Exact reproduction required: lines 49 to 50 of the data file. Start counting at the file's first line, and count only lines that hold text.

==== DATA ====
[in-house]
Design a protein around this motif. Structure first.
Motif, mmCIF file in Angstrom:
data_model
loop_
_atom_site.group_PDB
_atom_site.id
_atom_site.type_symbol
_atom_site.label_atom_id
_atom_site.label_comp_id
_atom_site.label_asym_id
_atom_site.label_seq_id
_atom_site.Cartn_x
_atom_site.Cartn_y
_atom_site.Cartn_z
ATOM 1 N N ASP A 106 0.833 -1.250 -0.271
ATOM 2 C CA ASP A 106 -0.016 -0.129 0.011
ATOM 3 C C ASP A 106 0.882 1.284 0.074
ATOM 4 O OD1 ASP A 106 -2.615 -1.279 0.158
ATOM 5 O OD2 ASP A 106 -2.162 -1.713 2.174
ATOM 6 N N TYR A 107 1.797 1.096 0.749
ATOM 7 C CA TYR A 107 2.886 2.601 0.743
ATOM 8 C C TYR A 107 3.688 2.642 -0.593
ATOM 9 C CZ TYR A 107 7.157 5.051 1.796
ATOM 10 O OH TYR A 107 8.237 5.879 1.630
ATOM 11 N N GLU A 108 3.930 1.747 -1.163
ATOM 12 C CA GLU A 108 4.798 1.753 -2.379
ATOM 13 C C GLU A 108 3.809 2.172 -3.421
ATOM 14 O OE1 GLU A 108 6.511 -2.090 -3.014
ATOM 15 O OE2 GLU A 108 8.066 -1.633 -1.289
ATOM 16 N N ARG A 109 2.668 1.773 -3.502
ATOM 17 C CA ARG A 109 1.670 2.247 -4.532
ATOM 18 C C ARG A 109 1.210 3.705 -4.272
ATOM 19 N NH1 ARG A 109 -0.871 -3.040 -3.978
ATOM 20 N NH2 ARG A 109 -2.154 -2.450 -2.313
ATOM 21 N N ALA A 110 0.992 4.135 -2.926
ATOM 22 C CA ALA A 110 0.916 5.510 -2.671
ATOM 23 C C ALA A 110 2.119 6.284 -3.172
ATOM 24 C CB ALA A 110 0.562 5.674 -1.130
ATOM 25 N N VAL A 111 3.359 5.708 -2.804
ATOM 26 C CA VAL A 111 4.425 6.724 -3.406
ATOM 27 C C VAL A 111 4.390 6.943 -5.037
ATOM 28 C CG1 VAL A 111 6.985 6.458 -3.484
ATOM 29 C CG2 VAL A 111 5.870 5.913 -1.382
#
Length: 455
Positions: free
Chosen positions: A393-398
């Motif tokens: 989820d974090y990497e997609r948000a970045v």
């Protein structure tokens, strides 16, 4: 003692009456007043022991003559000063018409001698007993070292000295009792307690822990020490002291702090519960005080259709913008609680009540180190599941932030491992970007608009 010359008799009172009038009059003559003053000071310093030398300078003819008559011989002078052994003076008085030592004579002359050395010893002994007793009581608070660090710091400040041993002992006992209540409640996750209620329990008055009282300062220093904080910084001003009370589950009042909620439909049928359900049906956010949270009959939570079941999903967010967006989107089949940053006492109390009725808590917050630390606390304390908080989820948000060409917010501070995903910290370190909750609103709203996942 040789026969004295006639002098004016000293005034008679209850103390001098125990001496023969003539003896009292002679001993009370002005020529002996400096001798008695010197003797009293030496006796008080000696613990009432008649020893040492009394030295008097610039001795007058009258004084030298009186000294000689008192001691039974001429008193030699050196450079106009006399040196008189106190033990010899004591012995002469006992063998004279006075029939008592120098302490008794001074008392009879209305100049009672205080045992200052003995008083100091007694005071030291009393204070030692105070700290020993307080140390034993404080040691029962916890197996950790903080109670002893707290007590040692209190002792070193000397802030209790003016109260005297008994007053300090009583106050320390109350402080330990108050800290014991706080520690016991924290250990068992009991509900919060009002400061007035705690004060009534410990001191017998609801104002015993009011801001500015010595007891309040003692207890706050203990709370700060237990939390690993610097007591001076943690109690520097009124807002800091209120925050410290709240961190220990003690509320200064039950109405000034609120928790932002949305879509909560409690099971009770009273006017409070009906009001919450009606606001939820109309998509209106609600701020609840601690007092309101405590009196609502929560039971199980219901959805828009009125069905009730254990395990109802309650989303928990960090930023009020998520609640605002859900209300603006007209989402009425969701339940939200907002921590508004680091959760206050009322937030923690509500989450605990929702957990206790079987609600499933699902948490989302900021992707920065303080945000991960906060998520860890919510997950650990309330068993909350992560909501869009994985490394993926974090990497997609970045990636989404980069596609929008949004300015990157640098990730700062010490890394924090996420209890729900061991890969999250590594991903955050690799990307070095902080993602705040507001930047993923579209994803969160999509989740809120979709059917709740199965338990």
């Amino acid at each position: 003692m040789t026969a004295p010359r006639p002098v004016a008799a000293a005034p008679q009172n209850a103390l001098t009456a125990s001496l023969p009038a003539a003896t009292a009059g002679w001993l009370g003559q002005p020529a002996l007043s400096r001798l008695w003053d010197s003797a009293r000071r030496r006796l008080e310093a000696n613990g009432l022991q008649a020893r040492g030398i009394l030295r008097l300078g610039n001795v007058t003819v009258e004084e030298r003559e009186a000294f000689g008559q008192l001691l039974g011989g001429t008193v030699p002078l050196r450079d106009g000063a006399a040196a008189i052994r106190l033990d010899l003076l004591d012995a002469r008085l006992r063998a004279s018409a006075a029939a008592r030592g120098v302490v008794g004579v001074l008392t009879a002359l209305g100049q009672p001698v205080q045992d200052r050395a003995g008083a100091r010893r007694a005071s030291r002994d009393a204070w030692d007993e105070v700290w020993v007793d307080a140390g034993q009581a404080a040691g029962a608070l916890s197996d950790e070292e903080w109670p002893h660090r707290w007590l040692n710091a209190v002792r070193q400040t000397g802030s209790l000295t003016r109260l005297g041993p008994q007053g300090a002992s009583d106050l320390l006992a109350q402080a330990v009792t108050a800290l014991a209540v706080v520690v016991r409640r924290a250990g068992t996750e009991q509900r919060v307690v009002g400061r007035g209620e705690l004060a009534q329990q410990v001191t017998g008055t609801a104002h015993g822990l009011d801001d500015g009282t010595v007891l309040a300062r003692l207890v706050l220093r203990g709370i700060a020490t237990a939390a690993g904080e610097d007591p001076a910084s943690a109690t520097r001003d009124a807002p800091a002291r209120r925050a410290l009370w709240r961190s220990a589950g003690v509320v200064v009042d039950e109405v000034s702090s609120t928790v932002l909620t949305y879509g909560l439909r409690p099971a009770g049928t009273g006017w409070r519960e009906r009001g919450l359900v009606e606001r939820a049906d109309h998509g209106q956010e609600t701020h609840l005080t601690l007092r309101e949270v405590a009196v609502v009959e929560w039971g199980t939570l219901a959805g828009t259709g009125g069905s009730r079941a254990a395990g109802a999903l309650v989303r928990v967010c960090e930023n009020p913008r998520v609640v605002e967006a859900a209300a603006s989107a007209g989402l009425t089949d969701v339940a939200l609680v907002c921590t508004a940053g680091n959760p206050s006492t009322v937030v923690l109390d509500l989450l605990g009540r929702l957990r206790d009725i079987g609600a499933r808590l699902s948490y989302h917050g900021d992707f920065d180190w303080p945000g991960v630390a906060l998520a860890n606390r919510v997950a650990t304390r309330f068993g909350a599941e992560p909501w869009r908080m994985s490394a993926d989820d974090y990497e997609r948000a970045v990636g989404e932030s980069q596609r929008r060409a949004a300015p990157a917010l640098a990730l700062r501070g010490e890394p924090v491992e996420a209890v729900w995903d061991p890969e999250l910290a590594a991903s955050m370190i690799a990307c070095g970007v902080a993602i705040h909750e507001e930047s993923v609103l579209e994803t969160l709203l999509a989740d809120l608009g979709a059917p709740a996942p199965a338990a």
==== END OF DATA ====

């Motif tokens: 989820d974090y990497e997609r948000a970045v």
């Protein structure tokens, strides 16, 4: 003692009456007043022991003559000063018409001698007993070292000295009792307690822990020490002291702090519960005080259709913008609680009540180190599941932030491992970007608009 010359008799009172009038009059003559003053000071310093030398300078003819008559011989002078052994003076008085030592004579002359050395010893002994007793009581608070660090710091400040041993002992006992209540409640996750209620329990008055009282300062220093904080910084001003009370589950009042909620439909049928359900049906956010949270009959939570079941999903967010967006989107089949940053006492109390009725808590917050630390606390304390908080989820948000060409917010501070995903910290370190909750609103709203996942 040789026969004295006639002098004016000293005034008679209850103390001098125990001496023969003539003896009292002679001993009370002005020529002996400096001798008695010197003797009293030496006796008080000696613990009432008649020893040492009394030295008097610039001795007058009258004084030298009186000294000689008192001691039974001429008193030699050196450079106009006399040196008189106190033990010899004591012995002469006992063998004279006075029939008592120098302490008794001074008392009879209305100049009672205080045992200052003995008083100091007694005071030291009393204070030692105070700290020993307080140390034993404080040691029962916890197996950790903080109670002893707290007590040692209190002792070193000397802030209790003016109260005297008994007053300090009583106050320390109350402080330990108050800290014991706080520690016991924290250990068992009991509900919060009002400061007035705690004060009534410990001191017998609801104002015993009011801001500015010595007891309040003692207890706050203990709370700060237990939390690993610097007591001076943690109690520097009124807002800091209120925050410290709240961190220990003690509320200064039950109405000034609120928790932002949305879509909560409690099971009770009273006017409070009906009001919450009606606001939820109309998509209106609600701020609840601690007092309101405590009196609502929560039971199980219901959805828009009125069905009730254990395990109802309650989303928990960090930023009020998520609640605002859900209300603006007209989402009425969701339940939200907002921590508004680091959760206050009322937030923690509500989450605990929702957990206790079987609600499933699902948490989302900021992707920065303080945000991960906060998520860890919510997950650990309330068993909350992560909501869009994985490394993926974090990497997609970045990636989404980069596609929008949004300015990157640098990730700062010490890394924090996420209890729900061991890969999250590594991903955050690799990307070095902080993602705040507001930047993923579209994803969160999509989740809120979709059917709740199965338990």